Tuesday, November 25, 2008

Rogenna Brewer on Character and Conflict



Character and Conflict: The 5 Stages of Resolution



Saying a story is plot driven is just another way of saying the characters are weak or underdeveloped. All stories are character driven, or should be. Without character there is no plot. Think of plot as the conflict that drives your character’s actions and in doing so the story. Plot exists only to challenge your character. Begin your story at the point of change, briefly demonstrating the status quo before the conflict begins.


I either wrote that paragraph in a stroke of genus sometime over the past decade as a published author or borrowed bits and pieces of it along the way. I've heard it all before...


Begin your story at the point of change. But what does that mean?


Beginnings are relatively easy. It’s why so many stories are started and never finished. But how do you keep the middle from sagging and resolve the ending?


With the 5 Stages of Resolution you don't have to reinvent the process. In fact you'll give your characters instant empathy by using this method. I'm talking about the grieving process as it applies to change.


Change involves loss and letting go. Grief as an emotion is easy to imagine. Someone close to us dies and we grieve the loss. Someone not so close dies--a school shooting, a tsunami--and we still feel a pang. That's empathy.


We all feel it. And you can use it to drive your story. The point is you character should be a different person at the end of the book than he or she was at the beginning. So how do you get there? In her book On Death And Dying, Elisabeth Kubler-Ross defines the 5 stages of grief as denial, anger, bargaining, guilt and acceptance.


DENIAL * ANGER * BARGAINING * GUILT * ACCEPTANCE


By moving the romance (external conflict) through all 5 stages you'll reach a resolution that feels natural, not forced. Adding threads for each character (internal conflict--ie motivation) will give your story that extra depth. I like to start my hero or heroine somewhere in the middle. For example the hero in The Marine's Baby is motivated by guilt and back tracks a bit by striking a bargain with the heroine.



I'd like to open it up to questions now because I'm not talking about cookie cutter stories. This method can be as unique as you are. Skip a step, take two forward and one back. But trust me this works for me and it may just work for you.





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When an aptitude test labeled her suited for librarian or clergy, Rogenna joined the Navy. It was off to bootcamp, followed by her first duty station, NAS Midway Island. She started in the CO's office and gravitated toward the Chaplain's where duties included operating the base library.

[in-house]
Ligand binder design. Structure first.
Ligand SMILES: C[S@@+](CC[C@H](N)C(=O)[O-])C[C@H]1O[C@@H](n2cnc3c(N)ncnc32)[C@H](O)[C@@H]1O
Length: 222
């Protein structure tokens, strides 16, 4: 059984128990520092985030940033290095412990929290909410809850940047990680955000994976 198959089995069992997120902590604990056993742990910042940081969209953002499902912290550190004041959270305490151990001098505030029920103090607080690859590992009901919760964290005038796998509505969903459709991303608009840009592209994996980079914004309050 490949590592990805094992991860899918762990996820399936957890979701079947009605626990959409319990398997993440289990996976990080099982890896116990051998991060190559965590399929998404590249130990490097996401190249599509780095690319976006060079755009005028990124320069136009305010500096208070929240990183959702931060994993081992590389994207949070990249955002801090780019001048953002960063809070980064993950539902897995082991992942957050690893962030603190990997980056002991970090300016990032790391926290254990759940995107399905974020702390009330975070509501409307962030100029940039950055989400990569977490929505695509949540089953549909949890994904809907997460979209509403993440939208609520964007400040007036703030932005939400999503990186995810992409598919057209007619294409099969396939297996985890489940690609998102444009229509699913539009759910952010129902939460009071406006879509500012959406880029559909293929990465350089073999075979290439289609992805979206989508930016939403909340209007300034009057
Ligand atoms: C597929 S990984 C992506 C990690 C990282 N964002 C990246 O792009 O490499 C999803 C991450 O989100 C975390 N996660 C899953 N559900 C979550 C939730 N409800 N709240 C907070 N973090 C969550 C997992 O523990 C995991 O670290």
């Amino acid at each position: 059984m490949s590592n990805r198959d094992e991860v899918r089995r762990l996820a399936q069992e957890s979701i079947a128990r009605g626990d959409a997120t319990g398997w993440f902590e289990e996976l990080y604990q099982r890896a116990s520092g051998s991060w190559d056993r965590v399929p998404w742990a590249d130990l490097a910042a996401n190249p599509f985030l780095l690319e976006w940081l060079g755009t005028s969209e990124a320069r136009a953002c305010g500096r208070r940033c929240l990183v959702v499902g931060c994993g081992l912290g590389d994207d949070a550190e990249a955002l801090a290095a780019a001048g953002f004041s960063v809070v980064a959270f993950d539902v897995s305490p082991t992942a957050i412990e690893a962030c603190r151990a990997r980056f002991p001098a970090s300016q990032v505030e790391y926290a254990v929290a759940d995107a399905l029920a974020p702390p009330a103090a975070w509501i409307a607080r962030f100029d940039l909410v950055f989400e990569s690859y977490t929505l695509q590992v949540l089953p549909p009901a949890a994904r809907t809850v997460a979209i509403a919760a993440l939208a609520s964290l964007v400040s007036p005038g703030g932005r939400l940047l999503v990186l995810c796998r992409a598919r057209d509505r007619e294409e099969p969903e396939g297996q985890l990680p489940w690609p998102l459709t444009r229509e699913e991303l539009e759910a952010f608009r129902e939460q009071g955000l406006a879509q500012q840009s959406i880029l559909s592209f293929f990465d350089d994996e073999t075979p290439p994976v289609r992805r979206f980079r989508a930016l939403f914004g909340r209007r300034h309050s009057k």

Rogenna met and married her sailor while serving her country. "The best part was that brief period of time when I outranked him." After receiving an Honorable Discharge she continued to serve as a Navy Wife and admits to being jealous of her husband's travels. "There's a reason for the slogan; Navy Wife, the toughest job in the Navy. It's like being a single parent--at least part of the time. Jeff's been to seventeen countries and was there for the filming of two major motion pictures aboard the U.S.S. Enterprise CVN65 (TOP GUN and HUNT FOR RED OCTOBER). We have three boys, one for each deployment."

With their Navy days behind them, the family currently resides in Colorado where Rogenna grew up. Before settling in to writing, she was a bookseller and a reviewer for several years. "The one constant has been the need to surround myself with people and books. I always wanted to be a writer/adventurer, but that aptitude test had great insight into my personality. And now I go wherever I want, whenever I want, through my writing."


28 comments :

  1. I understand Denial, Anger, and Acceptance for dealing with grief. However, I know you mention the Marine making a bargain with the heroine, but I'm still a little fuzzy on Bargaining and Guilt in relation to grief. Could you provide a one line explanation for these two? Thanks.

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  2. Good morning, Rogenna.

    Help yourself to a lovely batch of Lamar's donuts and fresh orange juice.Java is brewing.

    Hey there Walt.

    Yes. I am going thru this in my mind too. Intriguing. External conflict.

    I get most of the steps as they also parallel the heroes journey. Guilt I get because my heroines are Italian lol.

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  3. Mmmm ... donuts ...

    It's taken me awhile to realize that I've been grieving over some changes -- so I can see how it would apply to writing.

    No wonder it is therapeutic ;-)

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  4. Welcome to Seekerville, Rogenna -- so good to have you here!

    You said: "Saying a story is plot driven is just another way of saying the characters are weak or underdeveloped. All stories are character driven, or should be."

    I had never heard that before, but I so totally agree. For me, characters ARE the story. I write historicals, but when I first started, I told my agent that I didn't think my books were "historicals" because my emphasis/story was not so much about the time period as it was about the characters. I basically thought that I wasn't being true to the genre! I know better now, but gosh, I had to be one of the greenest newbies around.

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  5. Good Morning, All! Ufortunately, I'm at the day job right now. But I'll be popping in on my breaks and at lunch. On first break I'll be defining all 5 stages for you and post a fun little dialogue exercise. Until then enjoy those doughnuts and keep the questions coming! Love it here!

    Rogenna

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  6. I agree. I'm all into the characters. If a character draws me in, I'm hooked, no matter how flawed the plot is. OK, well not "no matter" if it's really bad I'll set it aside, but I've only had that happen once or twice.